Suppose a man born blind, and now adult, and taught by his touch to distinguish between a cube and a sphere of the same metal, and nighly of the same bigness, so as to tell, when he felt one and the other, which is the cube, which the sphere. Suppose then the cube and sphere placed on a table, and the blind man be made to see: query, whether by his sight, before he touched them, he could now distinguish and tell which is the globe, which the cube?" To which the acute and judicious proposer answers, "Not. For though he has obtained the experience of how a globe, and how a cube, affects his touch; yet he has not yet attained the experience, that what affects his touch so or so, must affect his sight so or so… (John Locke, An Essay Concerning Human Understanding)
Here's my answer to how the predications of visual knowledge can cross to another sense modality such as red hot touch or taste:
UnLocke The Stars
Can the hypothetical person born blind understand colour? Is it pathological to perceive colour in sound patterns? Are there structural analogies to visual appearance in music and in how colours can signal other sensory attributes indexically? If blindness is not merely a void, is a black hole hungry at the limits of the spectrum? How does consciousness fill in horizons? The literary critic Reuven Tsur, who writes on cognitive poetics, has persuaded me that such synaesthesia is part of what makes sound patterns expressive. And Don Ihde, the phenomenologist of listening and voice, has illumined how sounds convey shapes, surfaces, and spaciousness, all of which, of course, will suggest visual images as well as tactile associations. But despite these overlapping horizons, most people still fail to use their imaginations enough to perform a simulation on their inner scene as literature instructs us. The Romantic figure of the blind seer can still awaken curiosity —yet we have a long way to go before we may confront the issues of disability for accessing the scene of representation as singular individuals. In order to do this, however, we need to challenge the ablest assumptions of Lockean epistemology, by investigating how the blind can form spatial images out of verbal and haptic experience, Through what psychologists call the "cross-modal object priming between vision and touch" (Heller 2000).
In her essay "Blindness and Visual Culture", Georgina Kleege mounts an attack on the philosophical figure of the "hypothetical blind man", which, she argues, is outdated and regressive for the real interests of blind people. This thought experiment quoted above, concerning the 'understanding' of eyesight by a man born blind given vision through surgery (the famous Molyneux problem), however, was crucial for kick starting the evolution of the genre of blind autobiography, as Justin Clark shows in his essay, "the origins of blind autobiography in Visionary Antebellum New England". The blind not only served a sentimental role in literature, Clark argues, but as 'savvy entrepreneurs' in the literary marketplace, "they addressed Americans' mounting curiosity about the nature of physical and spiritual vision." Indeed, blind people do themselves question the source of their vision.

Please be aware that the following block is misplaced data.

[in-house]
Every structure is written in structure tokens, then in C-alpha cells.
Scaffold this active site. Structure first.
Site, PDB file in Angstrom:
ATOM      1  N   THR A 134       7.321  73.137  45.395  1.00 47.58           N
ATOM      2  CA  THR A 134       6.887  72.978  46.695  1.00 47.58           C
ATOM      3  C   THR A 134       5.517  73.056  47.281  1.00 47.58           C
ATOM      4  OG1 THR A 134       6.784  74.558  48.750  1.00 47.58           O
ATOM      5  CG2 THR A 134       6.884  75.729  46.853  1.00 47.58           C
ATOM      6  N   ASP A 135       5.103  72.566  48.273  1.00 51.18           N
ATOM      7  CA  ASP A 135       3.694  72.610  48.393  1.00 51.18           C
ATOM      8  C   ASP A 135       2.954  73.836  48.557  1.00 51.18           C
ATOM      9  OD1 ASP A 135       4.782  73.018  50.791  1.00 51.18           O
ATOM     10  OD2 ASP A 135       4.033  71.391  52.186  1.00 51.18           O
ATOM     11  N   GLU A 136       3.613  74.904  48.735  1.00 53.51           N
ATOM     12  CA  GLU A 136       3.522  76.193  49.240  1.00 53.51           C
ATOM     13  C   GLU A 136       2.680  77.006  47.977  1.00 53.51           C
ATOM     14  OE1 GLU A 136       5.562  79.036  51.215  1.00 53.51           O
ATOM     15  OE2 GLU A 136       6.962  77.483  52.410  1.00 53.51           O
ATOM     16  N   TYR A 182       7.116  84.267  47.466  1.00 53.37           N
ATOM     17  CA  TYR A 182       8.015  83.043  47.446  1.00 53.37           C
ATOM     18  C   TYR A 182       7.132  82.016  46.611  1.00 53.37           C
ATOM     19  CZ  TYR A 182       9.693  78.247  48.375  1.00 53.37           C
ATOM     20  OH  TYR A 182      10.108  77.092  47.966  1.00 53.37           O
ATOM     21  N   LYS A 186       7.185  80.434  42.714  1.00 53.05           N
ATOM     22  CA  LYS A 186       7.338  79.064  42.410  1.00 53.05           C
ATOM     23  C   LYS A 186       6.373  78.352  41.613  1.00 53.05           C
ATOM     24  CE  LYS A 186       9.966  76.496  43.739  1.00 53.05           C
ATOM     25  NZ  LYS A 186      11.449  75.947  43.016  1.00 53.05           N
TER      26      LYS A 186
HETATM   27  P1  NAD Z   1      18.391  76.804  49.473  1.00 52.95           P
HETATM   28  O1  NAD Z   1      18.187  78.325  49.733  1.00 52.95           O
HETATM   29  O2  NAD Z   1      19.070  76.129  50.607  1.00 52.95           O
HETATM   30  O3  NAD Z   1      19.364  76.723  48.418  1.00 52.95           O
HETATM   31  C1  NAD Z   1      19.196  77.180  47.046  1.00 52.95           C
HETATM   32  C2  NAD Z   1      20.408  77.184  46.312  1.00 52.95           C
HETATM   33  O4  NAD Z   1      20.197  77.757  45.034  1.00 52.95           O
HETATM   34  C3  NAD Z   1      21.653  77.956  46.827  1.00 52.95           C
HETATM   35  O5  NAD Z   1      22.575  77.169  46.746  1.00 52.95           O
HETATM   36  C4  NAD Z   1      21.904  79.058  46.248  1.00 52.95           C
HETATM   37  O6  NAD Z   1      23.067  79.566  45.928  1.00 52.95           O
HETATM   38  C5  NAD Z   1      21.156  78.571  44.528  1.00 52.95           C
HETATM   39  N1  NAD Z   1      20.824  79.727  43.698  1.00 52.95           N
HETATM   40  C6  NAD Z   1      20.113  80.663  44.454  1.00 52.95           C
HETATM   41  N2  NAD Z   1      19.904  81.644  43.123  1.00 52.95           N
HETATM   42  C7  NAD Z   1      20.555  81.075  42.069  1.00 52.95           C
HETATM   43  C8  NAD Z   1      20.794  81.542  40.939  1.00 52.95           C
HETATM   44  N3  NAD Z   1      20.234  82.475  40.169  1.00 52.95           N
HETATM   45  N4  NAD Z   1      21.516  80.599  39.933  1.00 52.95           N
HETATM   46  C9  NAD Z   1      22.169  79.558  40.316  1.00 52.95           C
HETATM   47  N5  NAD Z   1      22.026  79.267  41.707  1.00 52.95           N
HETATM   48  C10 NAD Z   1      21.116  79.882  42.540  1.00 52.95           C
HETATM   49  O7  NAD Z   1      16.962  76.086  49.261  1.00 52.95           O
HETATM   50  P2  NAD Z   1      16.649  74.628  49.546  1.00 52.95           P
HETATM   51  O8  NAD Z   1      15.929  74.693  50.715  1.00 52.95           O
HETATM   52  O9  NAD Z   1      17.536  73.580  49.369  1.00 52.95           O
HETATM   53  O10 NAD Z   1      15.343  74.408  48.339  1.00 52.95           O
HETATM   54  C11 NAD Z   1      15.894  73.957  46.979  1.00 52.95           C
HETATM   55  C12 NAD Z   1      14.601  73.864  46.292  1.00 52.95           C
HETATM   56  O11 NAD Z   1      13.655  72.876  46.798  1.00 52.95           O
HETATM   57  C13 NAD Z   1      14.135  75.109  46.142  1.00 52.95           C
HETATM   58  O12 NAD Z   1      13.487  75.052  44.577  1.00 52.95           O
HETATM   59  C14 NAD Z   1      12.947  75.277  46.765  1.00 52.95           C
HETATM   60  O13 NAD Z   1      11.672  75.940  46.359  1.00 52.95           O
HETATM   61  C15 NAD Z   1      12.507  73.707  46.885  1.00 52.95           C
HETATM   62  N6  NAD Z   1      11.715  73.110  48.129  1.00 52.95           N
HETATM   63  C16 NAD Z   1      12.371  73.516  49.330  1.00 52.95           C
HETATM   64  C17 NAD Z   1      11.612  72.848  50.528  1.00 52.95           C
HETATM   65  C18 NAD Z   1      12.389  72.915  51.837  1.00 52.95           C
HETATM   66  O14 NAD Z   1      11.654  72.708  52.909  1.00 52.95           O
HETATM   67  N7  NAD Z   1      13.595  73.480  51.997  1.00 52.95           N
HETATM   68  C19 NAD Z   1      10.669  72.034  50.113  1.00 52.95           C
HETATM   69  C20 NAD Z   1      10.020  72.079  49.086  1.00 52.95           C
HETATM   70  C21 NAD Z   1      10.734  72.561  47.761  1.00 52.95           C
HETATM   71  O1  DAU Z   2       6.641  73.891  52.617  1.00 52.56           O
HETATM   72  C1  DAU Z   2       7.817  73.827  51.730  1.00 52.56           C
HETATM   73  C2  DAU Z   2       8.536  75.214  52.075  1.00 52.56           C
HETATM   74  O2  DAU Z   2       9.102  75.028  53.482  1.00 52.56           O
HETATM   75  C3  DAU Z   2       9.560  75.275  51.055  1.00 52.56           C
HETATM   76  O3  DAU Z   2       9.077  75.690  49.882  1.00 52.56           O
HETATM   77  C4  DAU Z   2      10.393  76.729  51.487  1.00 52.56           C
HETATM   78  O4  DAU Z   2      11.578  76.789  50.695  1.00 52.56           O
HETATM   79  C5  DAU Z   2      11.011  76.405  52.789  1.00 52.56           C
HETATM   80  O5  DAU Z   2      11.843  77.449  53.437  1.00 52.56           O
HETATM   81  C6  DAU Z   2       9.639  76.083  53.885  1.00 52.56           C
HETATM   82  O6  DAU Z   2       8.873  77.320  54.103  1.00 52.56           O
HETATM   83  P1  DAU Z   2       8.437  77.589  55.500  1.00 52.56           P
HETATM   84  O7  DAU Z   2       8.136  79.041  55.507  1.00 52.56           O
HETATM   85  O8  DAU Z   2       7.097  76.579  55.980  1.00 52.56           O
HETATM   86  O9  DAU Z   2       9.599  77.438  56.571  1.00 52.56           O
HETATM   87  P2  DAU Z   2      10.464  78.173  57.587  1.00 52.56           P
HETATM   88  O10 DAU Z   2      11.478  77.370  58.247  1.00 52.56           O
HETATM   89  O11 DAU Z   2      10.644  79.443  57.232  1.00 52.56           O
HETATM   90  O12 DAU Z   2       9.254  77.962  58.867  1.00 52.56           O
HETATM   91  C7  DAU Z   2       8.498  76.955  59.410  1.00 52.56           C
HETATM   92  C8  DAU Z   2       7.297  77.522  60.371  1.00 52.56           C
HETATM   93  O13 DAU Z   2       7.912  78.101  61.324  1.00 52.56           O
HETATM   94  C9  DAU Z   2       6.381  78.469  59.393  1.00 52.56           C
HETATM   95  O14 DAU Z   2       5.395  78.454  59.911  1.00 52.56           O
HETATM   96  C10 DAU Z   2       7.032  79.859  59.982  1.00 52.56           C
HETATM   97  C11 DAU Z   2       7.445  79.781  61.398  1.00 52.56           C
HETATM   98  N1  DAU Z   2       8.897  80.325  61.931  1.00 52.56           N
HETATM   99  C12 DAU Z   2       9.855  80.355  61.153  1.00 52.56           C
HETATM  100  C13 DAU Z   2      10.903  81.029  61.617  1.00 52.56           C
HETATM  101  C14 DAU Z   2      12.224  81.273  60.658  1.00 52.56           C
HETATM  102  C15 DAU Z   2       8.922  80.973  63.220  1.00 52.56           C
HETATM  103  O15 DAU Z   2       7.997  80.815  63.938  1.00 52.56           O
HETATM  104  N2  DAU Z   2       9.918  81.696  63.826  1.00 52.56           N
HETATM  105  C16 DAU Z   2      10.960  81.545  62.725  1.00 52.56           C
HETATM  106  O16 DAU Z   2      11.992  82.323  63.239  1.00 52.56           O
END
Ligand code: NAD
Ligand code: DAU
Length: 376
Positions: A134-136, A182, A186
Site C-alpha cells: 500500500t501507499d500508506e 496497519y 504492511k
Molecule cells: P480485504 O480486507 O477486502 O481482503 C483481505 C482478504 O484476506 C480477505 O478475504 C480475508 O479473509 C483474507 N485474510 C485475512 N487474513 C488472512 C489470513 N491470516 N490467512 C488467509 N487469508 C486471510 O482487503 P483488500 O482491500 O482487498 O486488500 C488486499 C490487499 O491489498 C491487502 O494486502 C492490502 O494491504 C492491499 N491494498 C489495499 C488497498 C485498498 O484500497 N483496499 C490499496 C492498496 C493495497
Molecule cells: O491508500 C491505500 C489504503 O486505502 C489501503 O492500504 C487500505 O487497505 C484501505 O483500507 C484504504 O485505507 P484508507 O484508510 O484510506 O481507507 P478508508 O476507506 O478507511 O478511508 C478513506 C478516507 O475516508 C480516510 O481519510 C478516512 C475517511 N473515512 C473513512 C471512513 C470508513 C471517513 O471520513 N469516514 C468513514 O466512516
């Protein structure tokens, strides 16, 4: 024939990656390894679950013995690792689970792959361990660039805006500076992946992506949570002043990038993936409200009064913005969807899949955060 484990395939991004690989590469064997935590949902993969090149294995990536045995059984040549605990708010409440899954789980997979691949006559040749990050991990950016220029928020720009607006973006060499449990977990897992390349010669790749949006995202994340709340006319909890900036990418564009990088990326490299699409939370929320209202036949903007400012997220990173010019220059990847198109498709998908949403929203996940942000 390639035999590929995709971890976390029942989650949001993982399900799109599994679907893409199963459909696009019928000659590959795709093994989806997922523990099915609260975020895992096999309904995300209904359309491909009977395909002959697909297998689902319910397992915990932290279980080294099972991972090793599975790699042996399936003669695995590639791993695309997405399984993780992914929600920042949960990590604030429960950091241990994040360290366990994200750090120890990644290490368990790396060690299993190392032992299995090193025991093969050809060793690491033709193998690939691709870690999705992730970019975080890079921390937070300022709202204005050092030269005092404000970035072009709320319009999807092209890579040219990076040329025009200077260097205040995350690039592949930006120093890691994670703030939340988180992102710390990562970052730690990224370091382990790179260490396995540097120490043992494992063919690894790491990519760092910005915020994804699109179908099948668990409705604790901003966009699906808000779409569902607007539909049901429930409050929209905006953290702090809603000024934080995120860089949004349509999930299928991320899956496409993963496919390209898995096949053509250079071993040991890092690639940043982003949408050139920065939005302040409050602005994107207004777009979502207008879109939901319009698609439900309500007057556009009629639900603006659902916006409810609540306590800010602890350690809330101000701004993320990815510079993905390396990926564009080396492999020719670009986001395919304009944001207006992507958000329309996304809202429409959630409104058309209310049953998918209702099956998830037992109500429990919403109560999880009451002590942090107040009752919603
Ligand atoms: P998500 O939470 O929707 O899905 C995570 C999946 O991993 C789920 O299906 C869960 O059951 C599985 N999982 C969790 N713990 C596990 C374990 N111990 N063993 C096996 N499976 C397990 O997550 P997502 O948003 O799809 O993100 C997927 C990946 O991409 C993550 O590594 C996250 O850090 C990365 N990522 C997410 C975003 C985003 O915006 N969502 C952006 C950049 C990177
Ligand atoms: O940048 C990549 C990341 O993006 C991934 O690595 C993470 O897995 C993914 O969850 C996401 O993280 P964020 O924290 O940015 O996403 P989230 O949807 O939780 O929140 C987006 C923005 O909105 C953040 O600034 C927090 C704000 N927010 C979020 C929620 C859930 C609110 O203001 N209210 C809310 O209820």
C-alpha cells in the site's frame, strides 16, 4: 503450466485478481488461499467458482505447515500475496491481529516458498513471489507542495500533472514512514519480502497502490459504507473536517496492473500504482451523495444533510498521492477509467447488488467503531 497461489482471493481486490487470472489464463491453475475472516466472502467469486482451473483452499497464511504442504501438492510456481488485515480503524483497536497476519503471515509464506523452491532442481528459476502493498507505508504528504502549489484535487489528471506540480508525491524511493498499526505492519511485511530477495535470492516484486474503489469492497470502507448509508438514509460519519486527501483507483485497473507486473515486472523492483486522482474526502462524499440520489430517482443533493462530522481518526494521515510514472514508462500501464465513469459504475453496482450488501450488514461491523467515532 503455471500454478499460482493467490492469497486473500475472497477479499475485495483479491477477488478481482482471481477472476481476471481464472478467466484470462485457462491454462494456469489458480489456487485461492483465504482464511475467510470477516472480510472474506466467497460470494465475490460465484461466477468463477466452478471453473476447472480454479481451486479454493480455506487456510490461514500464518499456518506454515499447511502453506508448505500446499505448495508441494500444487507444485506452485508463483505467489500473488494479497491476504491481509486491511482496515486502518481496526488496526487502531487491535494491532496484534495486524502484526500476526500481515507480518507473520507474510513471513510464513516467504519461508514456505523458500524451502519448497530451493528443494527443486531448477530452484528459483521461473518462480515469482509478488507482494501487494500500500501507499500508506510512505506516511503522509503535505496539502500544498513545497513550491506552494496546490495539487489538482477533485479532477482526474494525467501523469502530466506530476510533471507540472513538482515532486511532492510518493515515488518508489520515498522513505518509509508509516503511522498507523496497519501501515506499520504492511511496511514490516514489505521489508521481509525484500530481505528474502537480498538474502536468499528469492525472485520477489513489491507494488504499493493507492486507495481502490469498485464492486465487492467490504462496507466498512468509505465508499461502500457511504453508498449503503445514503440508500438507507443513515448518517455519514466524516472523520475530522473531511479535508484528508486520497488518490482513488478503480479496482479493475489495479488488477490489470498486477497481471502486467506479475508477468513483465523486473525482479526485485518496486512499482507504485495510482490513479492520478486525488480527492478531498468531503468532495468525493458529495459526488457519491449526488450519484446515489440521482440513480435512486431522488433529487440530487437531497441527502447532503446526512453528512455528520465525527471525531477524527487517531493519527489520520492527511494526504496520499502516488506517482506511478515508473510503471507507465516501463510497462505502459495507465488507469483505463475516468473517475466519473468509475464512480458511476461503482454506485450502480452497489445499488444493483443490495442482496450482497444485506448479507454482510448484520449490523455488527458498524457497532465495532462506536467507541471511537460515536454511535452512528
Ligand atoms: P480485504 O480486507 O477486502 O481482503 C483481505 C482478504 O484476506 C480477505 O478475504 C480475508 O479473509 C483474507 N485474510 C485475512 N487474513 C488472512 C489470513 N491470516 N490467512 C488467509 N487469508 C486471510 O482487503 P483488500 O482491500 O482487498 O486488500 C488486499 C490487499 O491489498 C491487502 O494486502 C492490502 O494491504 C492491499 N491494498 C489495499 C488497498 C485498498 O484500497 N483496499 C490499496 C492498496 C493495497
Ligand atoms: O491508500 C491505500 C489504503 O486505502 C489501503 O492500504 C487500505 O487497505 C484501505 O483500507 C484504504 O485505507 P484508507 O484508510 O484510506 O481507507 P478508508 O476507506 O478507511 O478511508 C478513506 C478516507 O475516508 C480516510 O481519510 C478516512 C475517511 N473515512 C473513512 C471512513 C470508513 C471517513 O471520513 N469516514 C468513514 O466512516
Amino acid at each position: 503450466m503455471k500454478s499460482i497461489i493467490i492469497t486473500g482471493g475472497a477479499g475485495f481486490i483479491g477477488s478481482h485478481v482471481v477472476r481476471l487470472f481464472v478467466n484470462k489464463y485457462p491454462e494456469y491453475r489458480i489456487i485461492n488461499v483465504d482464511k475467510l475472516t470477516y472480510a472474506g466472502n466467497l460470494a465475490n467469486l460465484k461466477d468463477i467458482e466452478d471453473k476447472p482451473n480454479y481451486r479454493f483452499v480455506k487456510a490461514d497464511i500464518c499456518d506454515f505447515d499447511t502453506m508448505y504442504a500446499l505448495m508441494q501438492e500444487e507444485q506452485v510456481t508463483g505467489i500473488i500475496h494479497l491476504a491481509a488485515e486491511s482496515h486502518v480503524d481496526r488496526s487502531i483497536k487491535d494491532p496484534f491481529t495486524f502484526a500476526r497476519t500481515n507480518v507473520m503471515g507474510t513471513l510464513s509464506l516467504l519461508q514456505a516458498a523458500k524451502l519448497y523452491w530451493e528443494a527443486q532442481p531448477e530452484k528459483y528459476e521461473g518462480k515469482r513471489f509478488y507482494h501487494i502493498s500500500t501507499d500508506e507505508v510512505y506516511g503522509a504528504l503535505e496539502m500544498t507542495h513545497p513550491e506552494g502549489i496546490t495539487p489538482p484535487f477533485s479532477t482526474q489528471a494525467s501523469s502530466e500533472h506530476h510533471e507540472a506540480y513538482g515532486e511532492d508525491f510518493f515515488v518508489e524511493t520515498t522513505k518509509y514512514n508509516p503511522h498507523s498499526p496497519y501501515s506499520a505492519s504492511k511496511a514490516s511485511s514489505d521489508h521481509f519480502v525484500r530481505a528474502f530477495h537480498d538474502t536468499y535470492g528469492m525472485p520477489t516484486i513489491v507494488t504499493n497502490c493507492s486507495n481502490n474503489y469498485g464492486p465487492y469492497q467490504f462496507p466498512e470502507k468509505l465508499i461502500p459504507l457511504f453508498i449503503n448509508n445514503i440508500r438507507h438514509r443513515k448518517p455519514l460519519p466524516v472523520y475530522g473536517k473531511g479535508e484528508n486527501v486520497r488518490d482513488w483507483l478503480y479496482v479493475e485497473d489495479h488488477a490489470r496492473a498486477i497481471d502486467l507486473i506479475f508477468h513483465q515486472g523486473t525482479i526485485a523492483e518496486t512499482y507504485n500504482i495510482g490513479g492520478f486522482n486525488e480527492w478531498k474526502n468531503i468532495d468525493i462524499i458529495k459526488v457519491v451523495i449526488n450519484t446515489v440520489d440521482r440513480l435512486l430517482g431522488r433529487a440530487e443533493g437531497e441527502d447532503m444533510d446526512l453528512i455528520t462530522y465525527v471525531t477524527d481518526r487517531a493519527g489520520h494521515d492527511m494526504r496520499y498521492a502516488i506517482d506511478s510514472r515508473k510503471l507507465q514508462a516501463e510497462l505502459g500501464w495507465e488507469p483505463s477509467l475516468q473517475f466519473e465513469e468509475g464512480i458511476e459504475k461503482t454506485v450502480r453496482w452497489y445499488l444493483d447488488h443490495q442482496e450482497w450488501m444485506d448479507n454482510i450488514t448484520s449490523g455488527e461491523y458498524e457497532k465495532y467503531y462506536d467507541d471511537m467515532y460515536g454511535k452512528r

Seeing Voices With Imaginary Hands
I try to see voices, but how do I face you with respect when my very imagination throws your perceptual presence into question? We no longer listen to radio plays where the moral character of the voice, cigar in mouth, was altered by the intentionality of the mode of recording, which strove to lend each character an auditory image of status and corporeal type. Now that even positive vocal stereotypes are being rejected, the blind imagination (which necessarily models appearances out of stereotyped possibilities) more than ever requires touch as its point of collaborative witness. Yet they say the oedipal gloom is lightening and blind people no longer grope to know. This can only be if the possibilities for what David Feeny (2007) has called "collaborative synaesthesia" are built on between the describer of the visual and the listener's other senses.
Whenever I fail to fall in love my date says it's because I'm 'missing out' on her beauty; despite this, the analogies I can form through my hands and visual memory might be judged as objectifying if performed by a sighted man. By contrast, were the acoustical and rhetorical voice always homologous with the body's contours, I might wish I was deaf, for all the lazy manners of speech I hear. Does such synaesthesia (the turning of voice into images) make me pathological? A maladjusted freak? Are not the ideas I have of what you look like based upon your style of speaking, really impure projections of the sound phenomena onto a visual template, or vice versa?
At the dawn of blind autobiography, here's James Holman (15 October 1786 Died 29 July 1857 ), the once famous "blind traveller" from England, the first major figure of blind autobiography, writing about his visual intuitions: